The revolution will be televised.
And the revolution will be powered by social media.
That was the consensus of the panelists at a discussion, “The Internet & Uprisings in the Arab World: Are We Already In A Post-Social Media World?,” held at Google's New York City office. The event is part of Social Media Week New York.
John C Abell, New York Bureau Chief for Wired.com, moderated the discussion. Abell noted the role of social media is being debated in many quarters, including the pages of the New York Times and the New Yorker, where Malcolm Gladwell, author of “The Tipping Point,” holds court. The debate begs the question: Why?
The panelists knocked down Gladwell's strawman argument that Twitter did not cause the popular uprising.
Abell said Gladwell is “staking out a position that no one is arguing against. No one is arguing that social media has created new behavior.”
Adam Penenberg, a journalism professor at New York University, agreed:
Gladwell is arguing with himself. No one thinks social media caused the revolution. It's an accelerant.
Micah Sifry, co-founder and executive editor of the Personal Democracy Forum, cut Gladwell to the quick: “I think Malcolm Gladwell hit his tipping point with that essay.” Ouch.
Penenberg drew parallels to the civil rights movement. He observed that civil rights activists “would have used cell phones if they had them. All of this stuff are tools. They accelerate the social networks we already had, that used to be called friends.”
Penenberg's observation echoed comments Roland Martin made on his TV One talk show, “Washington Watch.” Martin said:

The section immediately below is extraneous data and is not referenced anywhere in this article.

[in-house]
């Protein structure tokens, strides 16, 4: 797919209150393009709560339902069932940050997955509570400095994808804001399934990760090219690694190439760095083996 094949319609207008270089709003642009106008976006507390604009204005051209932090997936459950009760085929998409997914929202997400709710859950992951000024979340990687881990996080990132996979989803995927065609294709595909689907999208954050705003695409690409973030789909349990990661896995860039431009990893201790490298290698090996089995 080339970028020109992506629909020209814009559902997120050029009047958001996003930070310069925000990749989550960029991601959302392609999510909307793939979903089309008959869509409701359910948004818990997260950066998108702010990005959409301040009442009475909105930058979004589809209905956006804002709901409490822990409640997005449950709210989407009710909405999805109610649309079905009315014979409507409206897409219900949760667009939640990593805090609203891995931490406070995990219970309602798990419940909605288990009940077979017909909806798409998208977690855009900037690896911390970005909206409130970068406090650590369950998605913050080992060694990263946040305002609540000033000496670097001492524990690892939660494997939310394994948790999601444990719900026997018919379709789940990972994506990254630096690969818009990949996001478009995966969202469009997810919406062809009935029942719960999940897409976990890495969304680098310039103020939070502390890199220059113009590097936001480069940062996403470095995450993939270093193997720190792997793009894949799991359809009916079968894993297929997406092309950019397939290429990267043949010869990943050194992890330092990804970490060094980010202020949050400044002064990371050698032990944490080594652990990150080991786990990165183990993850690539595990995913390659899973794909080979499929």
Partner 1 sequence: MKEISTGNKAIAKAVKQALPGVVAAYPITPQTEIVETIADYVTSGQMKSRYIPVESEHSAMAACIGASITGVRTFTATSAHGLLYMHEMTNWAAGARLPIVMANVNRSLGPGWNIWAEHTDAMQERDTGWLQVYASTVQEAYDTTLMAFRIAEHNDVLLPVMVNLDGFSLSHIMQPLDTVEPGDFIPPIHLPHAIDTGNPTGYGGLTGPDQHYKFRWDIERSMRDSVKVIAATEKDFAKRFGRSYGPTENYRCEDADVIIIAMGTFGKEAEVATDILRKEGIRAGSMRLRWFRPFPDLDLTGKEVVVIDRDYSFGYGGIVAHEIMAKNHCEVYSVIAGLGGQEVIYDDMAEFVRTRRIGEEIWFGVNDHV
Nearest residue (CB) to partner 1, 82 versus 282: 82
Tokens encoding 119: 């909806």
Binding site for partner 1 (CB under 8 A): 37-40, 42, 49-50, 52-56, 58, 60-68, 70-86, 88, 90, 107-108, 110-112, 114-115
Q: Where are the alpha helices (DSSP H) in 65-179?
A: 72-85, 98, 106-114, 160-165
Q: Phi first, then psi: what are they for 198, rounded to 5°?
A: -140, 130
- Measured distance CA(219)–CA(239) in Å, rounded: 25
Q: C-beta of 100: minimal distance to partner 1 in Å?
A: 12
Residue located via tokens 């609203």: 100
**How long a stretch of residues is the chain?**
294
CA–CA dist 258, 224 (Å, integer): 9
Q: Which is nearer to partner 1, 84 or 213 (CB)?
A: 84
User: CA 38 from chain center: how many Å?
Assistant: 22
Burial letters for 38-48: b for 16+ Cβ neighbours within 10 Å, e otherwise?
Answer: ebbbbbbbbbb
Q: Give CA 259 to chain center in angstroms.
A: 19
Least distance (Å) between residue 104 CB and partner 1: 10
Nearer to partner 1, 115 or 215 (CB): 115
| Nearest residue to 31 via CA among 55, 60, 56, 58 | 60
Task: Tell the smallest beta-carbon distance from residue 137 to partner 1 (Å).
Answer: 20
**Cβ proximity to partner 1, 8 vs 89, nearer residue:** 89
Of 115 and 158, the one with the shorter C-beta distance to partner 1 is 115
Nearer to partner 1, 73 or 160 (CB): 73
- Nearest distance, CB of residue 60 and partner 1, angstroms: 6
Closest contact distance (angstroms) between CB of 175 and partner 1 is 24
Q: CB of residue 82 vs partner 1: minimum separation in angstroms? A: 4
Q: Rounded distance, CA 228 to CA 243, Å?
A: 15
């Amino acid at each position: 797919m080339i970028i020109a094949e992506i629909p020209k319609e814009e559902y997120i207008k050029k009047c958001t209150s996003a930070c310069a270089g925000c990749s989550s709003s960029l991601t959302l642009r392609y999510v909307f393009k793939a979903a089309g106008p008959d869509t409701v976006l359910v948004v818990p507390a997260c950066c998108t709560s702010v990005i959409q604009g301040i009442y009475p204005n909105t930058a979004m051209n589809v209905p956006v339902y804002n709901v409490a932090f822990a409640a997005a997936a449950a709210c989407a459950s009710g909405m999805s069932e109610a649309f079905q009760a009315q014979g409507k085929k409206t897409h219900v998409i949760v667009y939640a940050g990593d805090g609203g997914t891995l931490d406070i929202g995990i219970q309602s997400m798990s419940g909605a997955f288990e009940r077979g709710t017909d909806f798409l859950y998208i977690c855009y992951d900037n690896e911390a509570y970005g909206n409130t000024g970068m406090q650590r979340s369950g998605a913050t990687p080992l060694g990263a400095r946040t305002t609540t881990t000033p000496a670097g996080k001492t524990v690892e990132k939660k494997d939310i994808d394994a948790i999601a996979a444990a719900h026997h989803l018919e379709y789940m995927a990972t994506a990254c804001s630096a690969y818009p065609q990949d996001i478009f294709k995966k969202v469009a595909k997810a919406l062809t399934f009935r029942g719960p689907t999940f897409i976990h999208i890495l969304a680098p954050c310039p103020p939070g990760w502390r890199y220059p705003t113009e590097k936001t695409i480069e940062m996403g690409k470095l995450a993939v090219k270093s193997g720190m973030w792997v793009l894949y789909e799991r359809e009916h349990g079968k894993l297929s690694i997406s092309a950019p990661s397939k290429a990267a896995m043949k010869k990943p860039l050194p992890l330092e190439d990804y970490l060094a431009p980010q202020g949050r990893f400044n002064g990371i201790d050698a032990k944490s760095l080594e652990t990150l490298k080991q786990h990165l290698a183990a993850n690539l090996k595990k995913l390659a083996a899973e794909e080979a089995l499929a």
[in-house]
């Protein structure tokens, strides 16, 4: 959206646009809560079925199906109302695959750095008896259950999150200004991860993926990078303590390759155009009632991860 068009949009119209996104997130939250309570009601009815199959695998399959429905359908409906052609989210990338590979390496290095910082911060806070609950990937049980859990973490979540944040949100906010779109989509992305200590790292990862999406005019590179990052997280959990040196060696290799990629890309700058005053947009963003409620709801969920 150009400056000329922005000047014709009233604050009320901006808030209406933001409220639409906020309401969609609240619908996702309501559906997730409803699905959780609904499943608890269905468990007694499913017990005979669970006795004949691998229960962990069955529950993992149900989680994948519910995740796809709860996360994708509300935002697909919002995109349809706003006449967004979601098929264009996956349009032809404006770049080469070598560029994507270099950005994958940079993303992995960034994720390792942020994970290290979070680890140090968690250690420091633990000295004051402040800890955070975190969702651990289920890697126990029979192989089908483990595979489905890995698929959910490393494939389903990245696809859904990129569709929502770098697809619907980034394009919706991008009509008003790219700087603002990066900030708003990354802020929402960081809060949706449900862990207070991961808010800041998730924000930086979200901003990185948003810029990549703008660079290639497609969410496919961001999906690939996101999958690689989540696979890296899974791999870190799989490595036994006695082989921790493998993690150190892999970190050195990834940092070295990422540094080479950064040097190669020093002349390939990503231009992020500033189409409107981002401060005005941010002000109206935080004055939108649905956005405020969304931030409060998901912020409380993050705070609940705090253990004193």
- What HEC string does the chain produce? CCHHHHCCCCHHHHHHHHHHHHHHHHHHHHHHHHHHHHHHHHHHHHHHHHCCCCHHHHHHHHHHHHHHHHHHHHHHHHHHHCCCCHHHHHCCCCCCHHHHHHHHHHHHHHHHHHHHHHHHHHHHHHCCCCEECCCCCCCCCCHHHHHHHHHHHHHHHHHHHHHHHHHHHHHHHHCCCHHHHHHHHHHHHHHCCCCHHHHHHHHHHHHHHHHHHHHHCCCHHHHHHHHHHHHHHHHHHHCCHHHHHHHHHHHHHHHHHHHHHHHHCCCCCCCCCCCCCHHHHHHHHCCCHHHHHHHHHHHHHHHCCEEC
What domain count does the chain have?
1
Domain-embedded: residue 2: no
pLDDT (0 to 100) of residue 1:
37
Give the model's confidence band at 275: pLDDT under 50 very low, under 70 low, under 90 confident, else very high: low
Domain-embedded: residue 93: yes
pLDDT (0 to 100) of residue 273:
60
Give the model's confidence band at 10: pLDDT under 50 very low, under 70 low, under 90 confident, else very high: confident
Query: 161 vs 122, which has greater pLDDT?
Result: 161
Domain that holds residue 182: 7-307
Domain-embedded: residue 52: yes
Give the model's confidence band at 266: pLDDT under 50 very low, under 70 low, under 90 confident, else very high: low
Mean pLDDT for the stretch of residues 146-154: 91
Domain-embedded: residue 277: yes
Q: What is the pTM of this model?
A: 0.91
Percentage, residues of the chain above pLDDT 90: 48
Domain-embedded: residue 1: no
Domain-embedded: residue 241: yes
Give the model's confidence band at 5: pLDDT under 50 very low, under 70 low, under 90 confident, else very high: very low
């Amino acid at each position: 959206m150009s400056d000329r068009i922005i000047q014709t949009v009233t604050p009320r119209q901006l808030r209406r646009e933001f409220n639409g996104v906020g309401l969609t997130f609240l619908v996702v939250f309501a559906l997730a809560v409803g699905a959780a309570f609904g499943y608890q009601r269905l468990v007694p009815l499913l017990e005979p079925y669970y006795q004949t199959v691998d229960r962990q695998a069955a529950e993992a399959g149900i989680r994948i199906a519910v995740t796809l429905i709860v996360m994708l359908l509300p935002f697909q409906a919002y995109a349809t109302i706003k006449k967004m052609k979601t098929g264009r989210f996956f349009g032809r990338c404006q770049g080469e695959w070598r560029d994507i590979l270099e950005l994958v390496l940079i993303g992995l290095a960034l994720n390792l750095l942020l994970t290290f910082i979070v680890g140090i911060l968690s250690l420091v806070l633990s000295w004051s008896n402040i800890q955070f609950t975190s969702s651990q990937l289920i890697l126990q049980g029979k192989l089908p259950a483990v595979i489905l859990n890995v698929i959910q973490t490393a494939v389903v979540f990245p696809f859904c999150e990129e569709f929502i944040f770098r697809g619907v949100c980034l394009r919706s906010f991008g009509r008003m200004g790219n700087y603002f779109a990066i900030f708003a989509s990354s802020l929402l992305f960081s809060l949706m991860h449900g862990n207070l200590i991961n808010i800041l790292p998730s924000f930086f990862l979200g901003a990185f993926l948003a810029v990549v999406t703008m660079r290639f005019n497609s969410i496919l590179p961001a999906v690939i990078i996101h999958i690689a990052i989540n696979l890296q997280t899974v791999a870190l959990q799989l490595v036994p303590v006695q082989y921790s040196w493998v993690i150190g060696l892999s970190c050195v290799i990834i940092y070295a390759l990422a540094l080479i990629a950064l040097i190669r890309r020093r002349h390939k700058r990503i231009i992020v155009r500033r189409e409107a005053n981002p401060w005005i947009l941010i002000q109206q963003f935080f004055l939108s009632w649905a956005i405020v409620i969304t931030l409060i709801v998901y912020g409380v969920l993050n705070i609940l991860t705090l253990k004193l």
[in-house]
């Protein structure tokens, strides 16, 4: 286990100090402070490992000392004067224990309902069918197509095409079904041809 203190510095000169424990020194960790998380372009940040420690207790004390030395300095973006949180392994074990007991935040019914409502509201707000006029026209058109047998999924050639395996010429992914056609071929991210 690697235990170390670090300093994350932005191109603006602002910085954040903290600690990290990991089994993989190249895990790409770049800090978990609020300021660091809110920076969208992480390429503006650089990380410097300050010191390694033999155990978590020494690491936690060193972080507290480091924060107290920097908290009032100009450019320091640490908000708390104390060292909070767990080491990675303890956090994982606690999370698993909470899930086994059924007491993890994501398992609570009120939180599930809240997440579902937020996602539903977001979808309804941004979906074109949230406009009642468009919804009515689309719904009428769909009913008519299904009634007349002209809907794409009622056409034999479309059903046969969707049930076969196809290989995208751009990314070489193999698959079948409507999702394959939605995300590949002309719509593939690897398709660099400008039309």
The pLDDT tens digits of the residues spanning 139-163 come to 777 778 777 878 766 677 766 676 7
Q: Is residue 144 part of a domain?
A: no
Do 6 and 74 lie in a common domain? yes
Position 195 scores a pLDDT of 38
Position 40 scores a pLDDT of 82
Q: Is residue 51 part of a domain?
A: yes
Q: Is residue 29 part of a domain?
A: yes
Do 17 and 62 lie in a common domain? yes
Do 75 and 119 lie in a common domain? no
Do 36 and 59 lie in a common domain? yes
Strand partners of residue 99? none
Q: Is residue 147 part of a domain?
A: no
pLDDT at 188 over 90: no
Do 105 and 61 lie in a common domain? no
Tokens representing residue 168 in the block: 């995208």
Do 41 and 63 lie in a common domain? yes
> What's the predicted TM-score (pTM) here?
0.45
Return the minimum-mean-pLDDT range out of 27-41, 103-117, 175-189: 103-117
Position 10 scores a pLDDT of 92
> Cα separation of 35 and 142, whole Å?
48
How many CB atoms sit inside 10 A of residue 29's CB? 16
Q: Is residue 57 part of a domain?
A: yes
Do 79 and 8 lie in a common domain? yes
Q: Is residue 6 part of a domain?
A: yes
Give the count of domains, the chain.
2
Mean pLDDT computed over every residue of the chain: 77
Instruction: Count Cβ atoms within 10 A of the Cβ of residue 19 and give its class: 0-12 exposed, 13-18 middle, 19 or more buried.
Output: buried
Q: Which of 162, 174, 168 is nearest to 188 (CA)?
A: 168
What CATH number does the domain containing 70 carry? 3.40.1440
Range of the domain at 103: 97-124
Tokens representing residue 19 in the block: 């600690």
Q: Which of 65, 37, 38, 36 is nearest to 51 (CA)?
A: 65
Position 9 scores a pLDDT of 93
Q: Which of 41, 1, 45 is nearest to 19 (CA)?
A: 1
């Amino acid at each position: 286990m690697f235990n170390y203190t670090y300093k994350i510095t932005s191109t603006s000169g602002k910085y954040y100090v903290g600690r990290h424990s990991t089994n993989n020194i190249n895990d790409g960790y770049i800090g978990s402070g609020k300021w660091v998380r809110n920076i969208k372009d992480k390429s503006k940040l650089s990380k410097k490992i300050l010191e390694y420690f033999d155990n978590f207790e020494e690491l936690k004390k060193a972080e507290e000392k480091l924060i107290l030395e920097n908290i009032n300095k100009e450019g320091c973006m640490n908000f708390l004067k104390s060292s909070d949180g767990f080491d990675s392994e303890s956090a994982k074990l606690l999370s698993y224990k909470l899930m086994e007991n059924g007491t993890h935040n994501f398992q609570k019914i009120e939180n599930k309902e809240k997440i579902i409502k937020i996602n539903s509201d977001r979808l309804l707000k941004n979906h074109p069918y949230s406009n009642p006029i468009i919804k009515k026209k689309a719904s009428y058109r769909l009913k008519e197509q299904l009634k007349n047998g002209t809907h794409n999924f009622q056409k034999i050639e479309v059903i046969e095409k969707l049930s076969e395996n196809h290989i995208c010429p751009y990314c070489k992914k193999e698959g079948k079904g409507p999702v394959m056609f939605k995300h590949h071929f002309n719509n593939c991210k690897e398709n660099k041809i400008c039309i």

When you look at social media and young people driving this whole agenda, it certainly reminds me of the civil rights movement, where people are saying,“Okay. We are tired of inequality.” And it’s just sort of just spreading like wildfire.
The panelists agreed that “it was the usual kinds of things that start these uprisings.” Economic hardship, including the rising cost of food, and the fear the world is passing them by are the root causes of the Arab uprisings.
In Tunisia, the uprising was sparked by Mohamed Bouazizi, a street vendor who set himself on fire.
Sifry said there were “two vectors”: a sense of hopelessness and rising connectivity. The number of Egyptians who have cell phones has increased 60 percent in the last two years.
While all of the speakers were informative and engaging, I listened with keen interest to Susannah Vila, Director of Content and Outreach for Movements.org.
In 2008, I attended the Alliance for Youth Movements first annual summit at Columbia Law School. I have no doubt that some of the young Egyptians I met two years ago are among the “Facebook youth” in Tahrir (Liberation) Square.
Vila said social media “catalyzed” what was already happening on the ground:
It's a lot easier to get a critical mass of people because there's been an increase in the number of people on Facebook and Twitter.
We now know that Facebook page was created by Wael Ghonim, a 30-year-old Google executive who was arrested on Jan. 28. The Daily Beast reported Ghonim's page “sounded the call” for the popular uprising:
The Facebook page that Ghonim ran sounded the call for the initial protest on January 25. As the page’s following approached 400,000 people, and word of the event spread, it hosted a constant stream of news, photo and video, downloadable flyers, and emotional entreaties for all Egyptians to join the push.
The takeaway: Young people are sick and tired of being sick and tired of political repression and lack of opportunities. But alienation and anger were not enough to spark the popular uprisings. The Facebook youth used the new tools to organize and amplify their voices. Social media as an accelerator was less important once people took to the streets.
To stay informed, check out Movements.org Egypt Coverage.